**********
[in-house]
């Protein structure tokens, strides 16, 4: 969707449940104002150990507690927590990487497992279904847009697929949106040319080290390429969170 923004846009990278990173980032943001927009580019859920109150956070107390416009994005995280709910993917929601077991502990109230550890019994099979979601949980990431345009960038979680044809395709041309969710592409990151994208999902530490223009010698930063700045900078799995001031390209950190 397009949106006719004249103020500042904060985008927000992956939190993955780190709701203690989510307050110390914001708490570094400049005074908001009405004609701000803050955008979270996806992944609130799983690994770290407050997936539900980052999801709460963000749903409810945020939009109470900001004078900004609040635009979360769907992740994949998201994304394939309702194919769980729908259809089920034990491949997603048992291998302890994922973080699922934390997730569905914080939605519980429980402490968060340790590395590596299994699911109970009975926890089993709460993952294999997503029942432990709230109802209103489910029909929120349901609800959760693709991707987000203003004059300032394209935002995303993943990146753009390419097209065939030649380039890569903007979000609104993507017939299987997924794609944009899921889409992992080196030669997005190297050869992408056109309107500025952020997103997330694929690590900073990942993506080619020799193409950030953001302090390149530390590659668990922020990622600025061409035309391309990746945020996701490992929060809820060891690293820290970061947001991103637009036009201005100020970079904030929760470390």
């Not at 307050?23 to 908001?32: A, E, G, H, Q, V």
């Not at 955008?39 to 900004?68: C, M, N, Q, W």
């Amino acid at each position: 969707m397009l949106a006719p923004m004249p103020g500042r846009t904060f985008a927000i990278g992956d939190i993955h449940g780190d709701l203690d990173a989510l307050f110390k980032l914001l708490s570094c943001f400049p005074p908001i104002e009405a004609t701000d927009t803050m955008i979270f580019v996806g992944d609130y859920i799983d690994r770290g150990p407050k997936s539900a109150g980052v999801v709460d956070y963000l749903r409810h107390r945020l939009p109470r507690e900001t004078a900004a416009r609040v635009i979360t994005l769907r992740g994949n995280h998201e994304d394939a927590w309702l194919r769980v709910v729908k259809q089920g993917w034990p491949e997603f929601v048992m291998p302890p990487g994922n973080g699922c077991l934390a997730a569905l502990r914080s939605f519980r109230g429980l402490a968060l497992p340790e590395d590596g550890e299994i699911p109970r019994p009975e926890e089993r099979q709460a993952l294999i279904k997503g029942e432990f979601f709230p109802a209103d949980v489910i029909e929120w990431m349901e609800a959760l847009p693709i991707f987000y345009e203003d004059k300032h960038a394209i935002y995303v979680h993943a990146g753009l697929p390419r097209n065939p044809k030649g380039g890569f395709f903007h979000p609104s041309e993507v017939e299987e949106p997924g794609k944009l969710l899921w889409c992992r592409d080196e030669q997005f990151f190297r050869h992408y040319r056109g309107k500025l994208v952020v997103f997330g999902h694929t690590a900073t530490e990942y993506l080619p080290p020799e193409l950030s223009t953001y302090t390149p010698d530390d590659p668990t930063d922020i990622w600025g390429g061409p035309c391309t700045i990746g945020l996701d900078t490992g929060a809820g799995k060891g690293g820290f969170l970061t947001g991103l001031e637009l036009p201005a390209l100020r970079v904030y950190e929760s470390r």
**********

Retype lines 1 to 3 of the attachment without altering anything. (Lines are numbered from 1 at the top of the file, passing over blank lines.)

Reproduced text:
[in-house]
């Protein structure tokens, strides 16, 4: 969707449940104002150990507690927590990487497992279904847009697929949106040319080290390429969170 923004846009990278990173980032943001927009580019859920109150956070107390416009994005995280709910993917929601077991502990109230550890019994099979979601949980990431345009960038979680044809395709041309969710592409990151994208999902530490223009010698930063700045900078799995001031390209950190 397009949106006719004249103020500042904060985008927000992956939190993955780190709701203690989510307050110390914001708490570094400049005074908001009405004609701000803050955008979270996806992944609130799983690994770290407050997936539900980052999801709460963000749903409810945020939009109470900001004078900004609040635009979360769907992740994949998201994304394939309702194919769980729908259809089920034990491949997603048992291998302890994922973080699922934390997730569905914080939605519980429980402490968060340790590395590596299994699911109970009975926890089993709460993952294999997503029942432990709230109802209103489910029909929120349901609800959760693709991707987000203003004059300032394209935002995303993943990146753009390419097209065939030649380039890569903007979000609104993507017939299987997924794609944009899921889409992992080196030669997005190297050869992408056109309107500025952020997103997330694929690590900073990942993506080619020799193409950030953001302090390149530390590659668990922020990622600025061409035309391309990746945020996701490992929060809820060891690293820290970061947001991103637009036009201005100020970079904030929760470390």
């Not at 307050?23 to 908001?32: A, E, G, H, Q, V």